PRIMARY COLLAGE with Piet Mondrian: Meanwhile, the PreK - 1st Grade classes responed by making some very flat artwork. We talked about Piet Mondrian's style and how it evolved, then used construction paper, scissors, glue,paint and cardboard for printing bold lines.
ART WORDS: Primary colors, square, rectangle

ASSEMBLAGES with Louise Nevelson: The Art Explorers love to glue! They were presented with a table full of found objects like bottle caps and popsicle sticks and a bottle of glue and that was fun. Then it was suggested they could squeeze all the glue out if they wanted. After a split-second's hesitation it got way funner. The end results were spray painted black to resemble Nevelson's work

Process art at it's best!

"BLUE" DOGS with George Roderigue: Louisiana artist George Roderigue made quite an impression on the elementary age artists with his iconic Blue Dog. They loved hearing how Blue Dog was born from the Cajun legend of the loup garou. We used templates of Roderigue's Blue Dog to plan out our own versions, which could be any or all colors.

Planning our "Blue" Dogs.

PAINTED PAPER COLLAGES with Eric Carle: Everybody loves The Very Hungry Caterpillar, right? So the Art Explorers and PreK celebrated Very Hungry Caterpillar Day (March 20) by making painted paper collages in they style of author Eric Carle. Flowers, caterpillars, butterflies, ladybugs and a chrysalis were all created!
ART WORDS: Author, illustrator, collage

Watercolor Technique Seascape - Emma - Age 4

WATERCOLOR MAGIC SEASCAPES: The PreK artists experimented with watercolor and salt to make some lovely seascapes. When salt is sprinkled on wet watercolor, it soaks up the pigment and makes a wonderful, crystalline effect. Once dry, our painted paper was ripped and glued down to resemble the surf at the beach.

ART WORDS: Seascape, horizon line
Discussing a video on Faberge eggs.
 FABERGE EGGS: All age-levels learned about Russian court jeweler Peter Carl Faberge and his marvelous, jewel-encrusted eggs. They especially loved the story of how the egg tradition began as an Easter gift from the Czar to the Czarina. We made our own versions of the eggs and hid something inside for our families to find on Easter!

Monday, March 25, 2013

What do we do when we're done?

"Ms Melanie, I'm done."

Those are quite possibly my second-least favorite words in the universe; second-least only because they are always followed, immediately, by my very least favorites:

"What do I do now?"

I don't think I'm alone in this. I expect art teachers the world over agree. "But, I can't draw a _________." doesn't even come close.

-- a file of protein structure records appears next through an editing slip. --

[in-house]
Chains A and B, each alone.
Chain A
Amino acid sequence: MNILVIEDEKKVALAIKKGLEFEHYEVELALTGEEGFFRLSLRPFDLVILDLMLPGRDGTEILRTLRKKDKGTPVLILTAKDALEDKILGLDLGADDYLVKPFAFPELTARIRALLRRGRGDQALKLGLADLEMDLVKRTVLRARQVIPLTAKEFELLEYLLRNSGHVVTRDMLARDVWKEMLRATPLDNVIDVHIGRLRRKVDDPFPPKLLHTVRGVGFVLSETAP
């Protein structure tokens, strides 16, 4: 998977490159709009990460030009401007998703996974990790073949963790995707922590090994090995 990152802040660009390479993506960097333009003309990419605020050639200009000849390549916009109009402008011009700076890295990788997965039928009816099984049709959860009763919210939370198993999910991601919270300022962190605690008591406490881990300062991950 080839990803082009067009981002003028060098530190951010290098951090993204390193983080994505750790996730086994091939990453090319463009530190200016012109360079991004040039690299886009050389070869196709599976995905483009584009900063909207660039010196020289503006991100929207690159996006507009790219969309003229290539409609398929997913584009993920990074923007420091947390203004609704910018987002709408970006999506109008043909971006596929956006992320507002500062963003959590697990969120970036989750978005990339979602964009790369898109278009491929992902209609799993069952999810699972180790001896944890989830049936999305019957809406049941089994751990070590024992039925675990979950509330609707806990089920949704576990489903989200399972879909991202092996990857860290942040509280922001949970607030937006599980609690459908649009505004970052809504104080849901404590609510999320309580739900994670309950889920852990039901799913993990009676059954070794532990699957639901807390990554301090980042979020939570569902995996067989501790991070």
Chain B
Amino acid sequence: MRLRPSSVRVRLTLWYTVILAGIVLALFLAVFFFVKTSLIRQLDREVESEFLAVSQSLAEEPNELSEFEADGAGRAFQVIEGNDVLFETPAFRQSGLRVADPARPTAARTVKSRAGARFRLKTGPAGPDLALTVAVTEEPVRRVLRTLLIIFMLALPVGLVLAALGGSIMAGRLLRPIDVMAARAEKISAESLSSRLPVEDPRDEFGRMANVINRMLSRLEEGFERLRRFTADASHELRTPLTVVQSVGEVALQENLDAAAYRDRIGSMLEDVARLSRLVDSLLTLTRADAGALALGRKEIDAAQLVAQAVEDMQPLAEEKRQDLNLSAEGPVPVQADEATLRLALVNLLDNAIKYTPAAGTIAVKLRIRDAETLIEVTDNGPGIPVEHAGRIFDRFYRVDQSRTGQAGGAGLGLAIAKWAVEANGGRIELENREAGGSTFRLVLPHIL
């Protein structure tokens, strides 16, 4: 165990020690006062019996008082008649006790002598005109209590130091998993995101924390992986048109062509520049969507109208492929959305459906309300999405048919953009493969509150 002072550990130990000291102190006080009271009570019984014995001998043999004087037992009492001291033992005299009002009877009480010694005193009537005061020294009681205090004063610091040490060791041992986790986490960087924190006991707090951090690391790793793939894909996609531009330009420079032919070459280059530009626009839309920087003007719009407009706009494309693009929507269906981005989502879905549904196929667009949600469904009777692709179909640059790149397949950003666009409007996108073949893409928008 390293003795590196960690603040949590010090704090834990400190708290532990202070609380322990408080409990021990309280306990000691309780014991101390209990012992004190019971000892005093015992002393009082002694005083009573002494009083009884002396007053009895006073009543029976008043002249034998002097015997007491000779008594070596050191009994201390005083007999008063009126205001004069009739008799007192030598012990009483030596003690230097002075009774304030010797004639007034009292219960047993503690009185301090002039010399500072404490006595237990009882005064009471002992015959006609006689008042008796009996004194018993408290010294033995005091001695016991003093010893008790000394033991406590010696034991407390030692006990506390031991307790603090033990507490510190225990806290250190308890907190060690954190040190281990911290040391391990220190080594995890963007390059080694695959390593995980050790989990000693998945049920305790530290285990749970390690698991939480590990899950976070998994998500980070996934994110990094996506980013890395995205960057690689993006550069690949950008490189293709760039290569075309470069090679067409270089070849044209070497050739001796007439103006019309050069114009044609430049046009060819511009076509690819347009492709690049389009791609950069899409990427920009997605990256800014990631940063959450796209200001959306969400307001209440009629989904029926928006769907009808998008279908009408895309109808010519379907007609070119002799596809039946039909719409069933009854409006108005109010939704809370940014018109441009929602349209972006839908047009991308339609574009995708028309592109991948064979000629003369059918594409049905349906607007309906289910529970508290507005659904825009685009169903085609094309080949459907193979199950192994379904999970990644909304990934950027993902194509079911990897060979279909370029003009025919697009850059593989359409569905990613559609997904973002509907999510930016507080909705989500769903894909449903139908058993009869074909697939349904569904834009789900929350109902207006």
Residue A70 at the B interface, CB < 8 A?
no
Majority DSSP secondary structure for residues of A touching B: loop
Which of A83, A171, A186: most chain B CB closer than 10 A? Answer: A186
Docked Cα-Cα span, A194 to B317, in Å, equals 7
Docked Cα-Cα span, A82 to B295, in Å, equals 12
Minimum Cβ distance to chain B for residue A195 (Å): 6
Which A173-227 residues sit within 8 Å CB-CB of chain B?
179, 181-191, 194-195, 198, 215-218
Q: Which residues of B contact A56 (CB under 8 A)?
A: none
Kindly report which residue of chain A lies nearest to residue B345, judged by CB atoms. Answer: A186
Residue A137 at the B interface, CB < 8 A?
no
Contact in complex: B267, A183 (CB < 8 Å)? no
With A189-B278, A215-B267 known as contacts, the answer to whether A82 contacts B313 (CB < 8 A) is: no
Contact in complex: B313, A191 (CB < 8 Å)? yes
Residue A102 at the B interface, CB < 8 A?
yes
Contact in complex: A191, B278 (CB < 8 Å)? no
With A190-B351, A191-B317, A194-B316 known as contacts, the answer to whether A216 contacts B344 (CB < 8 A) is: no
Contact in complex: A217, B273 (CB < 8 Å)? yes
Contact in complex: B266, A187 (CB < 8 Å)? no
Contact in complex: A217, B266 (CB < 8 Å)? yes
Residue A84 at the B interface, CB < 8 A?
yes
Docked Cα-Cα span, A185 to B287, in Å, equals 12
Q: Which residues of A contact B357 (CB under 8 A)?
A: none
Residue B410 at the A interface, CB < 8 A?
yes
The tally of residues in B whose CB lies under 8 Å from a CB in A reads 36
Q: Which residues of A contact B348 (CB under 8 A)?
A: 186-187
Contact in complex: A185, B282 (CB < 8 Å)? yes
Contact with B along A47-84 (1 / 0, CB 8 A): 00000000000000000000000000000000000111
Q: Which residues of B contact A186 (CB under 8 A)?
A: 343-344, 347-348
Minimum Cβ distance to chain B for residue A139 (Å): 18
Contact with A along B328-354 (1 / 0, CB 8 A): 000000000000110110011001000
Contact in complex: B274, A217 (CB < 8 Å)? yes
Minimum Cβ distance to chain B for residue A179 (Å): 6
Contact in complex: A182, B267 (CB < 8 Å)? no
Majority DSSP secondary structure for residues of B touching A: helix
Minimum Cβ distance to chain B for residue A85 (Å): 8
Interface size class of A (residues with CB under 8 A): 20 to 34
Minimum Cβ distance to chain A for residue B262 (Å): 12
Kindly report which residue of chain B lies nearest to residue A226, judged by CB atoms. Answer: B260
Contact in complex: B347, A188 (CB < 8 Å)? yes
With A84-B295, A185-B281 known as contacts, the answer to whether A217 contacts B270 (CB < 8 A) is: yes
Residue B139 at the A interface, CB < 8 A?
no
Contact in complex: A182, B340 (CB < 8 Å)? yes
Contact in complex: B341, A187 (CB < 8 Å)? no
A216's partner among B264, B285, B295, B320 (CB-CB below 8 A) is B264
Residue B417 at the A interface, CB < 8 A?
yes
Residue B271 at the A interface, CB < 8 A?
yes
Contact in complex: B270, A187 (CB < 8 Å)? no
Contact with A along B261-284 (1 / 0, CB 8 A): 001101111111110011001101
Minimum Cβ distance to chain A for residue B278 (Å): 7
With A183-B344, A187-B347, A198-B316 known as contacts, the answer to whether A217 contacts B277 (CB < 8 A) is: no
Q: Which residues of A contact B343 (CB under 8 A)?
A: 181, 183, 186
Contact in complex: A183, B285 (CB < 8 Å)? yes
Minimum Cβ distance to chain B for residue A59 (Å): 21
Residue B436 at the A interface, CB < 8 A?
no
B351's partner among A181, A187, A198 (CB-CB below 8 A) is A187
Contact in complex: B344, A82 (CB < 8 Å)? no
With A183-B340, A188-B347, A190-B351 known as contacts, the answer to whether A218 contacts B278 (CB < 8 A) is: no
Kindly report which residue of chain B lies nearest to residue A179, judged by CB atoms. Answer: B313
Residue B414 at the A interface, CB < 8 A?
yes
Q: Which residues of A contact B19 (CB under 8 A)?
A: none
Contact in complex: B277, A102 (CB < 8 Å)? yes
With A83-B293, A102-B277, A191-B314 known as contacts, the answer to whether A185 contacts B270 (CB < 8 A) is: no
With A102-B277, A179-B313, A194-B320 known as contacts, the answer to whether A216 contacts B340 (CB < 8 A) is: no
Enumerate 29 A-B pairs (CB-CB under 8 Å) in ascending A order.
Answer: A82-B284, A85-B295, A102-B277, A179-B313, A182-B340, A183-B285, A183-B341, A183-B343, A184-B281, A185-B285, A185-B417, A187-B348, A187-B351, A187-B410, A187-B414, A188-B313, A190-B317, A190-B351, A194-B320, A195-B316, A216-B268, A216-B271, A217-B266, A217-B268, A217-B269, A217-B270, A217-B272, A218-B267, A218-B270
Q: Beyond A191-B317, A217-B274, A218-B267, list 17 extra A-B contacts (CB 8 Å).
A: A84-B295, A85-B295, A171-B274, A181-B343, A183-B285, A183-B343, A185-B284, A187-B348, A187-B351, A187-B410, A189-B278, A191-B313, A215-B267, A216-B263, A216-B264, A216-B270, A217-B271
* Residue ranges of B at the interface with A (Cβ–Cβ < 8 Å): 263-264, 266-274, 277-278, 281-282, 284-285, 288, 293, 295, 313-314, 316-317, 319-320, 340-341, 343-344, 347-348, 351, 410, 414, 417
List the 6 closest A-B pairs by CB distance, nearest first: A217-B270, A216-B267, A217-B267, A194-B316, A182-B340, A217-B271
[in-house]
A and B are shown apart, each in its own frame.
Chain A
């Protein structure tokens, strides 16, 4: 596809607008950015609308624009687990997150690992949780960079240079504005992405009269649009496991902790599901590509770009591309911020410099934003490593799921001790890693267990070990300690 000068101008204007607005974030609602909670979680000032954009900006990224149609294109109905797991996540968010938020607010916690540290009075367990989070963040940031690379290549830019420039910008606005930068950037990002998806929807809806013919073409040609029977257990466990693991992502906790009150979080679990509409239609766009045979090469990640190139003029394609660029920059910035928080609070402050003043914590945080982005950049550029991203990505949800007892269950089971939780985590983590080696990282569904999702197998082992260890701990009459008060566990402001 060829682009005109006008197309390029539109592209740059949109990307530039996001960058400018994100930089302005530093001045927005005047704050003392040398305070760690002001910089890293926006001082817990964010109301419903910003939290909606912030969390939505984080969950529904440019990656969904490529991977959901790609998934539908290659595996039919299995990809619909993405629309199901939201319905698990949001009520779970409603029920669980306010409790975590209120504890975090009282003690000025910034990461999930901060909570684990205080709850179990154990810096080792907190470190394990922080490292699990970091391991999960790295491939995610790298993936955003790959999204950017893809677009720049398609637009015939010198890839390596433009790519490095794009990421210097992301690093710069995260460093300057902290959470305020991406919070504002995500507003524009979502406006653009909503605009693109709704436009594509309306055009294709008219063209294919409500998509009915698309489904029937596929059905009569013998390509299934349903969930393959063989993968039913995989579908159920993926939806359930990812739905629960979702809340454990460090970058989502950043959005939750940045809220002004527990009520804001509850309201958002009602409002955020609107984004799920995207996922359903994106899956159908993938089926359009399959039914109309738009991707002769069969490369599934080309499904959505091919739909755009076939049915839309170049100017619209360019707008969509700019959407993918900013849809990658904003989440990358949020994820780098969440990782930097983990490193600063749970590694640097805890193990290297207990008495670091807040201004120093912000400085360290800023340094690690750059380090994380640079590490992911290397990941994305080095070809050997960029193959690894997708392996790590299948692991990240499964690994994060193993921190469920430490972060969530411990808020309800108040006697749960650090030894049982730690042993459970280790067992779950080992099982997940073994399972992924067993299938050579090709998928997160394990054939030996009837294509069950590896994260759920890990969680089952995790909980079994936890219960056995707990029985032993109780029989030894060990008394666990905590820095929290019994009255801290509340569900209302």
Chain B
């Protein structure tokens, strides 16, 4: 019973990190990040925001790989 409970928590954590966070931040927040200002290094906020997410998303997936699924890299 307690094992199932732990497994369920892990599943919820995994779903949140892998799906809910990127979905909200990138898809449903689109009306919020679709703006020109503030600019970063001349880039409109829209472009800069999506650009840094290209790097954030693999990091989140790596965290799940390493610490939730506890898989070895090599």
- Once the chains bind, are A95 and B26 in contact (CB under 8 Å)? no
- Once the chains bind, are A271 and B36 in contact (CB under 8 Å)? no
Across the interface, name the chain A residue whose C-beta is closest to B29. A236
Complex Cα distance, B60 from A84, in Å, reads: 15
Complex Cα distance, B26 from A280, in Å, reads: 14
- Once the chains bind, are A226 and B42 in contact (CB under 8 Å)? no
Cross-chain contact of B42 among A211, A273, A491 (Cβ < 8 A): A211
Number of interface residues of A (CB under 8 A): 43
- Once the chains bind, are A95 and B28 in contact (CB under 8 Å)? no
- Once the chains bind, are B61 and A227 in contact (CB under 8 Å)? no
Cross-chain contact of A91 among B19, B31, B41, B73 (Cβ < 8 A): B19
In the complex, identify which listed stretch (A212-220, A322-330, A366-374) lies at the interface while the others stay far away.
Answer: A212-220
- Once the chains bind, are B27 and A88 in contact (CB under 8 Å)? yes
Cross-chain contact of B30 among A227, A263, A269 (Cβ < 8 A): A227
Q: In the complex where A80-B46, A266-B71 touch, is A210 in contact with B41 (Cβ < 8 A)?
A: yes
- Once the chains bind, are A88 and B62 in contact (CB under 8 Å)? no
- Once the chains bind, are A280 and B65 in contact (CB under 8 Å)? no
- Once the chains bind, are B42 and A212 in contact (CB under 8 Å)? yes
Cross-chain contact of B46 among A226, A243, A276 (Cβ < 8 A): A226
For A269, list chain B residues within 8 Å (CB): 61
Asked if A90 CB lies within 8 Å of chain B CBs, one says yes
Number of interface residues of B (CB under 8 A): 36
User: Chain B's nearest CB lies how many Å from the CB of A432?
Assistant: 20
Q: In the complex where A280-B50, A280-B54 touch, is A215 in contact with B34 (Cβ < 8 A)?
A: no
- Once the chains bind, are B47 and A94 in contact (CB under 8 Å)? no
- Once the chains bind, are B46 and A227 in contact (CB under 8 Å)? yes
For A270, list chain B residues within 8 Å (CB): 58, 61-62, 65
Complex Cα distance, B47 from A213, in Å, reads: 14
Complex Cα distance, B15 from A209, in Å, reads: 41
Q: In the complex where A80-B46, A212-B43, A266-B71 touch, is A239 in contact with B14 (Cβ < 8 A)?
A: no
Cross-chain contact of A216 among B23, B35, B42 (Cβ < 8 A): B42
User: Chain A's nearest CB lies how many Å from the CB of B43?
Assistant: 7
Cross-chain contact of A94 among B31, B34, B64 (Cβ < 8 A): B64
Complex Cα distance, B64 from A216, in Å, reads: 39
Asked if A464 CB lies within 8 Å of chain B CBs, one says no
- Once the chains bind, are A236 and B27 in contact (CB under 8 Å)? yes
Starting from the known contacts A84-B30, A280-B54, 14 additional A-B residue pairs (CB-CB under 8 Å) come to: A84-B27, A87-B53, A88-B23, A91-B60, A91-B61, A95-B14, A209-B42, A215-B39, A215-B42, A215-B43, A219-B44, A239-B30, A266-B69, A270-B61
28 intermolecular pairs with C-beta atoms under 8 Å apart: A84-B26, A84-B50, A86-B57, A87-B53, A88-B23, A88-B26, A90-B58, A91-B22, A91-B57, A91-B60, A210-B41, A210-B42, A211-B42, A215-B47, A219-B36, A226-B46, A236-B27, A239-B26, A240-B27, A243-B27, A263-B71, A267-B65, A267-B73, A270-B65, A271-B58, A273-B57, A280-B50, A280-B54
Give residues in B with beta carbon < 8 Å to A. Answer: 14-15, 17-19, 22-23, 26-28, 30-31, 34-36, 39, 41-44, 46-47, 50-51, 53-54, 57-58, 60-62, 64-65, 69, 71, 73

So what do we do when we're done? Nobody ever seems to finish their art at the same time. Every kid has a different pace and kids in general do not like to wait. 

Thus, the I'm Done Center!

Ta da!

I created this center for the older kids. Here they can find plenty of artistic things to do to fill time. Their sketchbooks are available along with lots of ideas of things to draw and how to draw them. Art related puzzles and creative activities are there too.

Pumpkin Sketch  - Age 11
The I'm Done Center has been a BIG hit with the older crowd since it was introduced last month.  Before it was added, the cool kids congregated around the Chalk Table. 

The ever popular, often dusty Chalk Table.
If you're not a fan of chalk dust, there are always dry erase boards and plenty of paper and crayons for free drawing.

Tandem drawing in pink and purple with Crocs.
The younger kids have favorite "I'm done" activities too. These are more often social endeavors. Sharing and turn-taking are skills we use in the art studio daily. 

Wiki Stix are a fun way to "draw" or create 3-D art.

Wiki-Stix "Drawing"
Gifts of fabulous jewelry are appreciated.
Cardboard "blocks" can be used to create anything from Star Wars T.I.E. Fighters to abstract sculptures. (More often, the former. *sigh*)

This sculpture was a group effort,

Art-related puzzles are available for all age levels

We have a selection of artist finger puppets. You have to know the puppet's name before you can play with him/her.

You never know when a puppet show will break out in the middle of art class.
And since the puppets have magnets in their heads,
we sometimes mix a little science with our art.

You can make art from anything.

Playdough is a go-to activity, but creative minds don't even need the play dough. The tools are enough.

And finally, here is Ms Melanie's favorite answer to "What do I do now?": 

"Read a book."

Thursday, March 7, 2013

Time to Register for Camp!

Here we go again! Summer camp info is available below (for snazzy, jazzy flyer) and 
in the Art Camps tab to the right.  Registration is OPEN!

Monday, March 4, 2013

FEBRUARY in the Studio

ICE CREAM with Wayne Thiebaud: We started off the month by finishing our yummy, pop art treats. Oil pastel details were added to the painted cones.
Art Words: Pop Art
Hungry yet?
HATS AND EYES with Rene Magritte: I found a marvelous book at the VMFA called Magritte's Marvelous Hat, in which the famous Surrealist painter finds that his bowler hat is the key to his painting success. With his hat he paints like a master. When he looses it, his ability to paint is lost too. The PreK/K classes tried on lots of art hats to see if the same would be true for them. Sure enough, they felt their art was better when created while wearing a hat. The Elementary classes used Magritte's famous painting The False Mirror as inspiration for their own surrealist takes on what can be seen in the mind's eye.
Art Words: Surrealism
Everything is better in a hat.
OP ART HEARTS: Around the middle of the month our thoughts turned to love and we created various heart artwork. We made hearts that seem to pop out at you, hearts that seem to move, heart-shaped valentines and used hearts as stencils for fingerpainting. It was a lovely week!
Art Words: Op Art, Stencil
Valentines for our valentines.
COLLAGES after Reggie Laurent: Atlanta artist Reggie Laurent uses layer upon layer of paint to create his colorful, abstract shape paintings. We didn't have quite that much time, so we used colorful paper shapes and oil pastels for a similar effect.
Art Words: Amorphous/Organic/Free Form Shape
Hearts make another appearance,
ABSTRACTS after Sarah Morris: The last week of classes was catch up time for the older kids, but the PreK/K classes continued their focus on shape with Sarah Morris. Tape was used to block off rectilinear shapes which were then filled with bright oil pastels.
Art Words: Resist
AND... the Art Explorers were busy as usual! So... very...busy. We created an extensive project using yarn relief then earth tone paint, then sponged on gold and silver accents. The aforementioned finger paint hearts were joined by finger paint trees and we also started a work based on Vincent Van Gogh's Starry Night. And we did some of it in hats!